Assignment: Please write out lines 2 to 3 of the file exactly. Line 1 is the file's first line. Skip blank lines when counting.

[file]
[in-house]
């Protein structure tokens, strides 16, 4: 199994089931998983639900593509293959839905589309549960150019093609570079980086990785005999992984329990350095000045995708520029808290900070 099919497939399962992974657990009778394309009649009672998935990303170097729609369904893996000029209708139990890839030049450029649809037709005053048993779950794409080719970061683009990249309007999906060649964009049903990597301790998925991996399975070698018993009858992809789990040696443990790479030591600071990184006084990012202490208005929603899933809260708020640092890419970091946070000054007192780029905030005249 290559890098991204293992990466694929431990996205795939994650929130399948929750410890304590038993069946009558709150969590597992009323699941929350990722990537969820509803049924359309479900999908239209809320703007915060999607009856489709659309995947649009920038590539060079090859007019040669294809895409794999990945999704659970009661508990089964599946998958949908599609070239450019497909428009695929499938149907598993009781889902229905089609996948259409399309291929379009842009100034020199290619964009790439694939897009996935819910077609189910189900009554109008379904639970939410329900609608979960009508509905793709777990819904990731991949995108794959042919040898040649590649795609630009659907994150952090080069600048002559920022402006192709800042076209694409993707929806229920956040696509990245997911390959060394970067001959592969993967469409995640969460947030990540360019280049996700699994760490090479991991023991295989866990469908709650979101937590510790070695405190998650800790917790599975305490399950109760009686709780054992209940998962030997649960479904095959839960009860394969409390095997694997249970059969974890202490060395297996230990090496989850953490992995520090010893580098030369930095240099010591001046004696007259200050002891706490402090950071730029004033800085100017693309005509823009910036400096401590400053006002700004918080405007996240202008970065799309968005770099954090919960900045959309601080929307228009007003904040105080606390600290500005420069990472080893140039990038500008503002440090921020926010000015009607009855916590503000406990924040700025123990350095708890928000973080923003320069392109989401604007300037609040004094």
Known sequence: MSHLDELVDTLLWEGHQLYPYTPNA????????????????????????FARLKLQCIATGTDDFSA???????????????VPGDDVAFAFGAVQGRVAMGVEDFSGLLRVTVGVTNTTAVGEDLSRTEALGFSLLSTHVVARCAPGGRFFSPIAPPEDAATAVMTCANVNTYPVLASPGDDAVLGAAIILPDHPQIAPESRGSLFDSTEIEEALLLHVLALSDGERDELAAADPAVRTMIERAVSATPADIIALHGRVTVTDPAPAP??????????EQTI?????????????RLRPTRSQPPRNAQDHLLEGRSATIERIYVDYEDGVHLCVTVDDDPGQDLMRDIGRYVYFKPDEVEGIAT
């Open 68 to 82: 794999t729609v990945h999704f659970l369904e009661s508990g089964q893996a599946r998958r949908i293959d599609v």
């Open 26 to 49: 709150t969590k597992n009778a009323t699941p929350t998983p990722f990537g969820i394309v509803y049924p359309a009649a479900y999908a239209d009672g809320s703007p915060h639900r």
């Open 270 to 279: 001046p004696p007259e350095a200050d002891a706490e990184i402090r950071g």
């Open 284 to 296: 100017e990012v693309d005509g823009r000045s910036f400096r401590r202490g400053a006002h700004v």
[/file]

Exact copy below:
């Protein structure tokens, strides 16, 4: 199994089931998983639900593509293959839905589309549960150019093609570079980086990785005999992984329990350095000045995708520029808290900070 099919497939399962992974657990009778394309009649009672998935990303170097729609369904893996000029209708139990890839030049450029649809037709005053048993779950794409080719970061683009990249309007999906060649964009049903990597301790998925991996399975070698018993009858992809789990040696443990790479030591600071990184006084990012202490208005929603899933809260708020640092890419970091946070000054007192780029905030005249 290559890098991204293992990466694929431990996205795939994650929130399948929750410890304590038993069946009558709150969590597992009323699941929350990722990537969820509803049924359309479900999908239209809320703007915060999607009856489709659309995947649009920038590539060079090859007019040669294809895409794999990945999704659970009661508990089964599946998958949908599609070239450019497909428009695929499938149907598993009781889902229905089609996948259409399309291929379009842009100034020199290619964009790439694939897009996935819910077609189910189900009554109008379904639970939410329900609608979960009508509905793709777990819904990731991949995108794959042919040898040649590649795609630009659907994150952090080069600048002559920022402006192709800042076209694409993707929806229920956040696509990245997911390959060394970067001959592969993967469409995640969460947030990540360019280049996700699994760490090479991991023991295989866990469908709650979101937590510790070695405190998650800790917790599975305490399950109760009686709780054992209940998962030997649960479904095959839960009860394969409390095997694997249970059969974890202490060395297996230990090496989850953490992995520090010893580098030369930095240099010591001046004696007259200050002891706490402090950071730029004033800085100017693309005509823009910036400096401590400053006002700004918080405007996240202008970065799309968005770099954090919960900045959309601080929307228009007003904040105080606390600290500005420069990472080893140039990038500008503002440090921020926010000015009607009855916590503000406990924040700025123990350095708890928000973080923003320069392109989401604007300037609040004094």
Known sequence: MSHLDELVDTLLWEGHQLYPYTPNA????????????????????????FARLKLQCIATGTDDFSA???????????????VPGDDVAFAFGAVQGRVAMGVEDFSGLLRVTVGVTNTTAVGEDLSRTEALGFSLLSTHVVARCAPGGRFFSPIAPPEDAATAVMTCANVNTYPVLASPGDDAVLGAAIILPDHPQIAPESRGSLFDSTEIEEALLLHVLALSDGERDELAAADPAVRTMIERAVSATPADIIALHGRVTVTDPAPAP??????????EQTI?????????????RLRPTRSQPPRNAQDHLLEGRSATIERIYVDYEDGVHLCVTVDDDPGQDLMRDIGRYVYFKPDEVEGIAT